Re-Establishing Operating Expectations. Shared expectations of how to operate, work together and “acceptable behaviors” is key to getting informal collaboration and synergy across the organization. Sometimes one company simply tries to assert their operating schedule, processes, and culture over those of the other company. However, even in acquisitions, there is always some ambiguities. These can include questions such as how are problems communicated and solved, degree of decision authority, how often do we meet, who is invited, and what are we allowed to communicate? Leaders need to make explicit these operating rules and agreements. Agreeing upon operating principles makes things concrete and communicable.
Often, we use surveys to highlight differences in cultural assumptions across the legacy organizations.
Reviewing the survey results makes it easier to discuss differences in important areas like how decisions are made, assumptions about structure and process, or corporate values and behavior. Open and candid dialogue on what is needed to improve operations and results is the goal. Creating agreement, starting at the top, on the future culture and the differences across the legacy cultures is a strong way to kick-start change and actions which will affect multiple levels of the organization.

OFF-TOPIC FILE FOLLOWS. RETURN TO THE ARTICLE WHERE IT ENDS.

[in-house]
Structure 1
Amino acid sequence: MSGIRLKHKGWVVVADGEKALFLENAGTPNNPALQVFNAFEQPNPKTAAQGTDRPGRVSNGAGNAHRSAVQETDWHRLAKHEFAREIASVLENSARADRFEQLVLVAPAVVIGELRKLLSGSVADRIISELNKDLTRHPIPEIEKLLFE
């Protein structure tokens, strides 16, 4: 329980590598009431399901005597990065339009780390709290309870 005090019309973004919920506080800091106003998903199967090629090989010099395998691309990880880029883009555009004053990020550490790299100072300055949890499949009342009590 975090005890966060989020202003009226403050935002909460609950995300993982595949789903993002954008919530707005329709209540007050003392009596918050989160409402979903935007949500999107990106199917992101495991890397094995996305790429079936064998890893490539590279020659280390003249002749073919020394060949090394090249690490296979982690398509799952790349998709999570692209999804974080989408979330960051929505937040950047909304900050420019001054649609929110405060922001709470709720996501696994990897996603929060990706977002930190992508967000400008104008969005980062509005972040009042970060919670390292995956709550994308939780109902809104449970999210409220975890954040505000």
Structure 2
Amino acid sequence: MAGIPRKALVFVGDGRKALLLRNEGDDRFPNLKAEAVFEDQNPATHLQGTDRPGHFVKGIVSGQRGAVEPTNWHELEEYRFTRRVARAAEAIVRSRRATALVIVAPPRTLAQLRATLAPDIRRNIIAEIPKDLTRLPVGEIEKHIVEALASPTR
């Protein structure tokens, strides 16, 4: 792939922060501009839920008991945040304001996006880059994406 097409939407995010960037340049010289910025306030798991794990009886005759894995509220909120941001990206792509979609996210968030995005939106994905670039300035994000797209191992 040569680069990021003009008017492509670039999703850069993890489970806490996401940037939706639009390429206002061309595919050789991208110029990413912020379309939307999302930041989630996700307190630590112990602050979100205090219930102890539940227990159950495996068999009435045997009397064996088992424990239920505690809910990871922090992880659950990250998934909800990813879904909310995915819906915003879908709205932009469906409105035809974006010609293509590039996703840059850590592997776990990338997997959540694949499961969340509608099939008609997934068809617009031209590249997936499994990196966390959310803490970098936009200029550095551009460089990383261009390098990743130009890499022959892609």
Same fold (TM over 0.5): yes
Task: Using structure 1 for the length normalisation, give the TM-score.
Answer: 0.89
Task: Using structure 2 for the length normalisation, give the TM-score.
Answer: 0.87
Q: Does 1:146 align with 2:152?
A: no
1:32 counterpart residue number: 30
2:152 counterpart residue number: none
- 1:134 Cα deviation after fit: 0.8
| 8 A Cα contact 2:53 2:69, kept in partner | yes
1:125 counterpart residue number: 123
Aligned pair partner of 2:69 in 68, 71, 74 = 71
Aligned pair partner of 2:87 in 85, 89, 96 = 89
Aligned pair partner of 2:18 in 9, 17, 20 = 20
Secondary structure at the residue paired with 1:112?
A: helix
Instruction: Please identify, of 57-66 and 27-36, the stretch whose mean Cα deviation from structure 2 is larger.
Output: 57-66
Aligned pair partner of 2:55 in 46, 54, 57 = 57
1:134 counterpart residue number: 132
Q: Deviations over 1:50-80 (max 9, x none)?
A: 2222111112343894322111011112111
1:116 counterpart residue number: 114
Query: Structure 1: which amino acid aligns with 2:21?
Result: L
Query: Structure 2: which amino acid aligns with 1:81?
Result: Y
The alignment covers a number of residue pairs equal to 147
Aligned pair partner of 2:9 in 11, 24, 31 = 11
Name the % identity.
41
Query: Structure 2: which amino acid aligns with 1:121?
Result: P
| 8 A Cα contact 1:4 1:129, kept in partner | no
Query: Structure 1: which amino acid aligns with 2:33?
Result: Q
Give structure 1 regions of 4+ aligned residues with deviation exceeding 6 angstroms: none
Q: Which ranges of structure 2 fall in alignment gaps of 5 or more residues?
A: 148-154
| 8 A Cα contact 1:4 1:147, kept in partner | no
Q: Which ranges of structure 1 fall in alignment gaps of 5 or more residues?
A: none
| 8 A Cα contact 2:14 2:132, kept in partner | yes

The faster expectations are set for operating together is established, the better. This is where many merging organizations take too long. The longer this process takes, the more likely it is for people to doubt the effectiveness of the combined organization. Shared operating expectations are demonstrated as meetings become more honest, people feel safer to voice their views and concerns, and decisions are made effectively.
While not foolproof, the steps we have suggested will accelerate cultural integration during a merger and help to keep the combining teams on track. Leaders at all levels benefit from open and honest dialogue on goals, expectations and values. Shared opportunities to learn together about business assumptions and challenges helps to establish roles, meetings and progress measurements. Increased speed and steady progress build confidence in the merger, creating positive momentum to power through the typical merger issues and concerns, and reach a safe harbor thanks to a unified organization.